Copyright is a well-known form of IP, but the strength of protection it offers is often over-estimated. While copyright may extend to code or to UI elements of your app, or potentially game/app flow elements, it only protects against exact duplicates - in other words, a photocopy of your app. Any variations may be enough for competitors to get around any copyrights you have. Copyright is cheap, though, and can provide protection against the more flagrant copiers.
Trademarks can protect the “buzz” of your app: the brand recognition you have built up among a user base around your name, logo, slogan, or in some cases certain UI styles. Protecting your name or logo can help prevent others from creating products with similar names or other elements to confuse potential customers into buying their product instead of yours.
Patents are a strong form of IP that protect the functionality of an app, even against variations or independent development by a competitor. Only new and non-obvious functionalities are patentable, including in view of a developer’s own public prior work, making it important to file before or soon after making any public disclosures.
Securing such strong rights requires submission of a lengthy application and a thorough examination process, which can make it costly. A “provisional” application can be filed as an optional first step to delay some of the expense by up to one year, but it can be risky if sufficient time and resources are not invested in preparing it. If your app includes novel, valuable technology that might be reusable in other contexts, consider a patent.
Design patents are a form of patent that have some similarities to trademarks and copyrights, in that they can protect “ornamental” features of an app, such as the look of icons or screens.
Design patents are seeing a surge in popularity because they are so much cheaper than patents for functionality, are easier and faster to secure, and have the potential for huge damages awards when infringed (design patents are a large part of Apple’s ongoing suits against Samsung). Design patents may provide a cheap way to protect the look and feel of your app from competitors.
Finally, trade secrets, which are an oft-misunderstood form of IP. Many apps may collect important and valuable data on users of the app, and that data may be a critical business tool used in a variety of ways. The data, or resulting analyses, may be trade secrets of the business.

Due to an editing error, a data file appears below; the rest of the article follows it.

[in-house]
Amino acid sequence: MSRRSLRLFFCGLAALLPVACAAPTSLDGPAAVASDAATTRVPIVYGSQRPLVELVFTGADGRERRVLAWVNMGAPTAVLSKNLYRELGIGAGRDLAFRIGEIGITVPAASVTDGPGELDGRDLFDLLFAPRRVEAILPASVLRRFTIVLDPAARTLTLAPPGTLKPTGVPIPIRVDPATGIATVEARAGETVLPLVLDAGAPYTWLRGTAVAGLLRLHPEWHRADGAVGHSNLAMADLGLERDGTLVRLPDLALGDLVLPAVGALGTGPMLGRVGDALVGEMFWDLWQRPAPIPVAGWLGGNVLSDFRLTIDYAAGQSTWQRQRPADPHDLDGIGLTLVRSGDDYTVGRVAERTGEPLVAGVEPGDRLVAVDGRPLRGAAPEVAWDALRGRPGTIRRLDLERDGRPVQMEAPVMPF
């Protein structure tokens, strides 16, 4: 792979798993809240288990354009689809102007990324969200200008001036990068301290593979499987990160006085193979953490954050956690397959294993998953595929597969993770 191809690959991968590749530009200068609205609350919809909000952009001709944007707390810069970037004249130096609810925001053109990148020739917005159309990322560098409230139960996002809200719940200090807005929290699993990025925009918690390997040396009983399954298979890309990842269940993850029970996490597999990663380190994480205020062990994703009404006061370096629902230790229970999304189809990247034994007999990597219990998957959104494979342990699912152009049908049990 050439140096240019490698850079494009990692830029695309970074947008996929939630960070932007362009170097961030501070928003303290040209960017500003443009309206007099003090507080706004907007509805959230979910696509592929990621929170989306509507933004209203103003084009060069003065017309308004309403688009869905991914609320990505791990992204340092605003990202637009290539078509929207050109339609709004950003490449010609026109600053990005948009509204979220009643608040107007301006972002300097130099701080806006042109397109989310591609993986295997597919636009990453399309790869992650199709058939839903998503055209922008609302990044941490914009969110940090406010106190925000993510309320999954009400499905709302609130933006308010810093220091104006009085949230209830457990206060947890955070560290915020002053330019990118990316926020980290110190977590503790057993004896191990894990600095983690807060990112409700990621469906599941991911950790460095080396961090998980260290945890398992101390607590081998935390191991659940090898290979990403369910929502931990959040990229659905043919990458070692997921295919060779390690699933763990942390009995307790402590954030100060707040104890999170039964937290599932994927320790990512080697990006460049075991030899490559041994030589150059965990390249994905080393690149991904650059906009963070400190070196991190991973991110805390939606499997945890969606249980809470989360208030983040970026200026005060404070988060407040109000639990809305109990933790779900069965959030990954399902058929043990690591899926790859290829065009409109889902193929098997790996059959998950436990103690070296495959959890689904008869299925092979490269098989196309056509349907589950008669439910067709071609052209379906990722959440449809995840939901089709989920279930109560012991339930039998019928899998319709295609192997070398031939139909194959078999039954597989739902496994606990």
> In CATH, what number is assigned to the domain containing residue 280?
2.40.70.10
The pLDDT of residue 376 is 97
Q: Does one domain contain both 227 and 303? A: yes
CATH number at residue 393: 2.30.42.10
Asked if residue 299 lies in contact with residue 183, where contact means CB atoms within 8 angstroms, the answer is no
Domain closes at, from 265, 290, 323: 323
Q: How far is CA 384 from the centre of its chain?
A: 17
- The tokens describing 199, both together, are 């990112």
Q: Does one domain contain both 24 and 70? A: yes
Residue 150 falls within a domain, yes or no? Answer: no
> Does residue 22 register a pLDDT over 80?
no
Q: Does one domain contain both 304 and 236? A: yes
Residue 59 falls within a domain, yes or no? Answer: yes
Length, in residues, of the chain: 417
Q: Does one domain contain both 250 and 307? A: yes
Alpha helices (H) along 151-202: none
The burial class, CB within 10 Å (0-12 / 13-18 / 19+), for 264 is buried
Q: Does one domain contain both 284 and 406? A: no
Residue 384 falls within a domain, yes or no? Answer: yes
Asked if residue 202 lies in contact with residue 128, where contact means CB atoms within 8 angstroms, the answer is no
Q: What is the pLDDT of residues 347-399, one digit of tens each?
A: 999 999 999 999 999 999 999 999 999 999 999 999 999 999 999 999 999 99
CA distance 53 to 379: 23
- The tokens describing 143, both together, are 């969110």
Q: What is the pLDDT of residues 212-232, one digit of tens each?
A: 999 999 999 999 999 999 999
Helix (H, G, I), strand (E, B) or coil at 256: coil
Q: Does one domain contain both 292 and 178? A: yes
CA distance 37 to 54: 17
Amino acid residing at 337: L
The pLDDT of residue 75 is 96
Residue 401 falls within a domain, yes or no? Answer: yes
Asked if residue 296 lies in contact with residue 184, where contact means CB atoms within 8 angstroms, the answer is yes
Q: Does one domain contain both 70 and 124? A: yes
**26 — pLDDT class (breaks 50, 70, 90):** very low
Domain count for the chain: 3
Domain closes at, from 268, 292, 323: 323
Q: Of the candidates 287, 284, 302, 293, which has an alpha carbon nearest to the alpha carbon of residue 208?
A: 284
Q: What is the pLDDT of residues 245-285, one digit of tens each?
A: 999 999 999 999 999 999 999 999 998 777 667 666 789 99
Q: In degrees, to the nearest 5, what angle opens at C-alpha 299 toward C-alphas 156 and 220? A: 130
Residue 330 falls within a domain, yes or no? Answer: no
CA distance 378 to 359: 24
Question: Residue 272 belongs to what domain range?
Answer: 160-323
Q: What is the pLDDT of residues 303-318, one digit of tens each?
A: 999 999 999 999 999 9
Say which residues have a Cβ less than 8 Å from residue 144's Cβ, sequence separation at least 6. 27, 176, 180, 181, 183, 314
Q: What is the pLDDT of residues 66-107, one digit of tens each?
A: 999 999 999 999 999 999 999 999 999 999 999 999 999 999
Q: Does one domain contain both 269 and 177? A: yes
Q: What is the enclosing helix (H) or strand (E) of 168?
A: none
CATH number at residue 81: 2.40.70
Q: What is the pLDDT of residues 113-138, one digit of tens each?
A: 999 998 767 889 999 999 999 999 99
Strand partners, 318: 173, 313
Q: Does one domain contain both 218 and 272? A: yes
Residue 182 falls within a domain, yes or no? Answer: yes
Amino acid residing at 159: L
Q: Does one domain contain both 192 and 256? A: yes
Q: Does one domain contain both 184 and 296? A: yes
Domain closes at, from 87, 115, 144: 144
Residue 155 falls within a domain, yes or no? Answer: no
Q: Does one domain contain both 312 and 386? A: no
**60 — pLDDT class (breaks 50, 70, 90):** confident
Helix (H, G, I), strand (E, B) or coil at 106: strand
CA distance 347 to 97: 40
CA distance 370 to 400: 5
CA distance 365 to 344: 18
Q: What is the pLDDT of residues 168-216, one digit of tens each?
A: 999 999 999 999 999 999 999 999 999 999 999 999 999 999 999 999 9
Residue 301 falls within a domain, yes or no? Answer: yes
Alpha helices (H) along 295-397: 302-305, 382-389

In many states, only things (processes, ideas, client lists, strategies, etc.) that provide an articulable business advantage can be protected with trade secrets; the protection is unavailable for run-of-the-mill ideas. And for something to be truly considered a trade secret, it must be treated by the business as a valuable secret, and many steps must be taken to demonstrate that secrecy is being actively maintained.
Many people who declare they have a “trade secret” may not have one, because they do not satisfy one or both of these factors. If you intend to rely on trade secret protection, it is important that you consult with an attorney to determine whether the protections you have imposed for your ideas are sufficient.
Budgets and Strategies
There are no “one size fits all” solutions to intellectual property, and trying to find one may result in critical funds being diverted away from core business operations to IP protection that may not be well-suited to the business.
IP is a business tool that can be used many different ways by different businesses, at a range of budgets. It’s important to recognize how IP can help your business, including what IP rights your business may have and how each of the options for protecting those rights may dovetail with your business strategy.
A patent application may make sense for one app company, while copyright protection may be best for another. When a company has multiple trademarks, some may be more valuable to protect than others. It is important to discuss how each option in the toolkit can benefit your business, and choose a strategy that is best for you. Consult an attorney to determine the best approach for your business and your budget.